Overcoming Illness and Heartbreak with Simon

Learning to navigate the loss of my husband while dealing with illness together.
By: Samantha Drake
Simon, the author's cat

As my sister and I settled into chairs on her patio, she said carefully, “I have to tell you about something that happened while you were in the hospital. First of all, the cats are fine—Simon and Lila are both fine.”

I couldn’t imagine what she was about to tell me. Then again, I didn’t see anything that happened in the past three weeks coming.

It started with a terrible, strange headache that came out of nowhere one afternoon. It turned out to be ruptured aneurysm in my brain. Twelve days in an intensive care unit and a week in a nursing home later, I was at my sister’s house to recuperate for a few days before finally being allowed to return home. I actually remembered very little about being in the ICU, but now I felt a pang of guilt that I hadn’t thought of my two kitties.

For the past week, my gray-and-white tuxedo Simon had been in a veterinary hospital suffering from a severe bout of pancreatitis, my sister explained. He’d been a very sick cat but turned a corner just a few days ago and hopefully would be coming home around the same time as me.

Pancreatitis is an inflammation of the pancreas caused by digestive enzymes invading the abdominal area, which can damage other organs. In severe cases, pancreatitis can be fatal. Suspected causes of pancreatitis include concurrent inflammatory bowel or liver disease, diabetes mellitus, and certain types of infections. Unfortunately, for many cats the cause is a mystery. Personally, I have my own theory, at least in Simon’s case. I think the stress of our separation somehow triggered it.

My cats are always well cared for whenever I go away, whether it’s for just one night or more than a week. While my calico, Lila, is happy to see me and demands her share of scratching and petting upon my return, Simon tends to give me the cold shoulder for a while. True, I was away longer than I’d ever been before, but this time he had no warning that I was leaving—no packing, no preparation—and no indication that I’d be coming back.

I simply disappeared. And it wasn’t the first time this had happened in Simon’s life.

The first time was when my husband died less than a year before. He and Simon had a sweet bond; Glenn loved cats and made it his mission from the moment he first set foot in my house to win Simon over, with treats, attention and consideration.

True, I was away longer than I’d ever been before, but this time he had no warning that I was leaving—no packing, no preparation—and no indication that I’d be coming back.

Adopting Lila was his idea, partly because he thought Simon needed his own furry friend. Glenn also understood Simon’s jealousy of any attention I gave Lila in the early days. The night we first turned the cats loose following several days of in-house separation, I started to get off the couch to go to bed when Simon jumped in my lap. Glenn insisted that we sit and pet him for a while because Simon obviously needed some “Mommy time.”

I knew Glenn had earned a place in Simon’s affections one day when Simon sat in the window making that guttural, menacing sound that cats make when a strange cat is just a foot away on the other side of the window screen. As Glenn reached to shut the window, a startled Simon whipped around and scratched his arm. Later, he and I sat on the couch watching TV when Simon appeared and walked across me to curl up on Glenn’s lap. He had never done that before and I knew Simon was checking in to make sure he and Glenn were OK.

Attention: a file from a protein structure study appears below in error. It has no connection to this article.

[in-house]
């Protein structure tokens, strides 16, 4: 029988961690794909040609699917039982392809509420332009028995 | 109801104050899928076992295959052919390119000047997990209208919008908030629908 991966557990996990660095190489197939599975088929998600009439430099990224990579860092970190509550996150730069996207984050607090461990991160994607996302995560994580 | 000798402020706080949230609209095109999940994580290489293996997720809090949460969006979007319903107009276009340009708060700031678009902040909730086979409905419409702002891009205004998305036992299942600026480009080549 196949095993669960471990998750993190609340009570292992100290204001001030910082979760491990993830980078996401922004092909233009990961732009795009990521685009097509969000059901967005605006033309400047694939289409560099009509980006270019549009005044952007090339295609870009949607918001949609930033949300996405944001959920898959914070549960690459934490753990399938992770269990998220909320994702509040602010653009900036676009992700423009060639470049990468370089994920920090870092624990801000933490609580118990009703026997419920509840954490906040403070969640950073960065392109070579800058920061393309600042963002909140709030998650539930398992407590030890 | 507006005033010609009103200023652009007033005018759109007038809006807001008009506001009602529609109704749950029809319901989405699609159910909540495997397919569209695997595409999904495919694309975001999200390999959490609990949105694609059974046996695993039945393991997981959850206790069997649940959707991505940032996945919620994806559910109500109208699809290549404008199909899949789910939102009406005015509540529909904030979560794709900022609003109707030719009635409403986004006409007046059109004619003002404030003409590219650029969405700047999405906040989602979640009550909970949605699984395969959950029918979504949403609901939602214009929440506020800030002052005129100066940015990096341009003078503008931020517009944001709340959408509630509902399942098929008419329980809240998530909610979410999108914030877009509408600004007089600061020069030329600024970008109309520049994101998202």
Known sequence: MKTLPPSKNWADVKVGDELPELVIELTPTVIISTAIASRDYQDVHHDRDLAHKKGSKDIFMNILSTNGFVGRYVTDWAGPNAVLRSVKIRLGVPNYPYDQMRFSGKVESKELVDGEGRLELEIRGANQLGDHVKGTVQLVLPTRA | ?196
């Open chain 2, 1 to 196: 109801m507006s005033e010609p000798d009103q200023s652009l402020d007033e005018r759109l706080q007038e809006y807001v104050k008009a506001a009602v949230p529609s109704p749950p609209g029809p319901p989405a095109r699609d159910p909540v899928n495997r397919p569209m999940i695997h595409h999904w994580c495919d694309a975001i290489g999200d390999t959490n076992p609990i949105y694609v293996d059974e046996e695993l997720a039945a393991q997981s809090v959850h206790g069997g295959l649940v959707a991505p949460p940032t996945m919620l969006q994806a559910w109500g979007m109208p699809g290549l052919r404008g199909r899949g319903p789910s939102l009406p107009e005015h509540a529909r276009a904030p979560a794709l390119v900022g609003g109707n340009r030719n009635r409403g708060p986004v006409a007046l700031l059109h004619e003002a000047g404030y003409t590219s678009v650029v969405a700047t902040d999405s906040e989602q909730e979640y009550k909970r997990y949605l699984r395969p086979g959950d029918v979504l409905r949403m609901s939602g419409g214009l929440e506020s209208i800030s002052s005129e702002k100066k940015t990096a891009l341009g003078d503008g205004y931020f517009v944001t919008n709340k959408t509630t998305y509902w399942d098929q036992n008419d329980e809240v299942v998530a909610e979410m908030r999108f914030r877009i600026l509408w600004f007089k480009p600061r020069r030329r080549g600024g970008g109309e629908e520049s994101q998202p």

Years later, the three of us had a very different moment. Simon was the only witness to my frantic efforts to revive Glenn when I discovered that he had unexpectedly died not long after coming home from work. Simon was initially the only friend present in the chaos that came with the paramedics, and my companion in the days and weeks of solitary grief that followed when family and friends went home.

Maybe we anthropomorphize our pets’ emotions too much or maybe we don’t. Whether our cats and dogs think and feel the same way we do is up for debate, but I believe there’s no denying the depth of their feelings. I can only imagine what Simon must have felt when the most important person in his life was suddenly gone, not long after another important person departed forever.

After I got sick, several friends came in and out to help take care of my cats. I’d been in ICU for several days when my mother noticed Simon acting lethargic and eating little. My feline-loving friends promptly took him to the vet, made sure he got the care he needed and fretted when his health continued to worsen. One of my friends even dropped by the vet hospital to visit and reported that Simon immediately recognized her and came to the front of his cage to greet her.

When I finally returned home, Simon was already there. I found him in my bedroom. Leaning over post-aneurysm still made my head hurt, so I gingerly knelt down on the floor next to him. I saw dried flecks of blood on the white fur of his neck where the feeding tube had been placed. He had also lost weight. But Simon’s eyes were bright as he looked up at me.

“We’ve been sick and sad together, haven’t we?” I said quietly as I stroked his head.

Amazingly, we’re both in good health today but I’m not taking any chances. Whenever I go away now, I bring out my suitcase or overnight bag a day or two before, and leave it open in my room so Simon can investigate it and understand my leaving is only temporary. At least, the crazy cat lady in me prefers to think he understands.